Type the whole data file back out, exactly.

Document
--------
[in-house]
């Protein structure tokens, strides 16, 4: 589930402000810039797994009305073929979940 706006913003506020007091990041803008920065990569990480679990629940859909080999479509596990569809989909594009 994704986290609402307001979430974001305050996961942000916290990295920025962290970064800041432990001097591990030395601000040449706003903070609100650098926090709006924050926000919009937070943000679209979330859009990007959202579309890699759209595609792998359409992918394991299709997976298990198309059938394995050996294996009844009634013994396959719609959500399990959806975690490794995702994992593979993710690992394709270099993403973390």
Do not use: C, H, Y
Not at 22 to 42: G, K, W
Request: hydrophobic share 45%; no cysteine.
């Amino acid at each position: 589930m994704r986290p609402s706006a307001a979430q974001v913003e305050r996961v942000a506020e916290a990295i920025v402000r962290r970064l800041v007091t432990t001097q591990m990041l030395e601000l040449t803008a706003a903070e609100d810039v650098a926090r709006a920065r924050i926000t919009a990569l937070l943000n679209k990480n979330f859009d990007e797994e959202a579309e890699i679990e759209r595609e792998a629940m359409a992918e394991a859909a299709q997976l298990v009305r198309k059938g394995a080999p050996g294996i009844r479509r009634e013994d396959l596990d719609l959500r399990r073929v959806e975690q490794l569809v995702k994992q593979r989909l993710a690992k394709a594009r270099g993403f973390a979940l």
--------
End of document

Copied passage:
[in-house]
């Protein structure tokens, strides 16, 4: 589930402000810039797994009305073929979940 706006913003506020007091990041803008920065990569990480679990629940859909080999479509596990569809989909594009 994704986290609402307001979430974001305050996961942000916290990295920025962290970064800041432990001097591990030395601000040449706003903070609100650098926090709006924050926000919009937070943000679209979330859009990007959202579309890699759209595609792998359409992918394991299709997976298990198309059938394995050996294996009844009634013994396959719609959500399990959806975690490794995702994992593979993710690992394709270099993403973390």
Do not use: C, H, Y
Not at 22 to 42: G, K, W
Request: hydrophobic share 45%; no cysteine.
């Amino acid at each position: 589930m994704r986290p609402s706006a307001a979430q974001v913003e305050r996961v942000a506020e916290a990295i920025v402000r962290r970064l800041v007091t432990t001097q591990m990041l030395e601000l040449t803008a706003a903070e609100d810039v650098a926090r709006a920065r924050i926000t919009a990569l937070l943000n679209k990480n979330f859009d990007e797994e959202a579309e890699i679990e759209r595609e792998a629940m359409a992918e394991a859909a299709q997976l298990v009305r198309k059938g394995a080999p050996g294996i009844r479509r009634e013994d396959l596990d719609l959500r399990r073929v959806e975690q490794l569809v995702k994992q593979r989909l993710a690992k394709a594009r270099g993403f973390a979940l």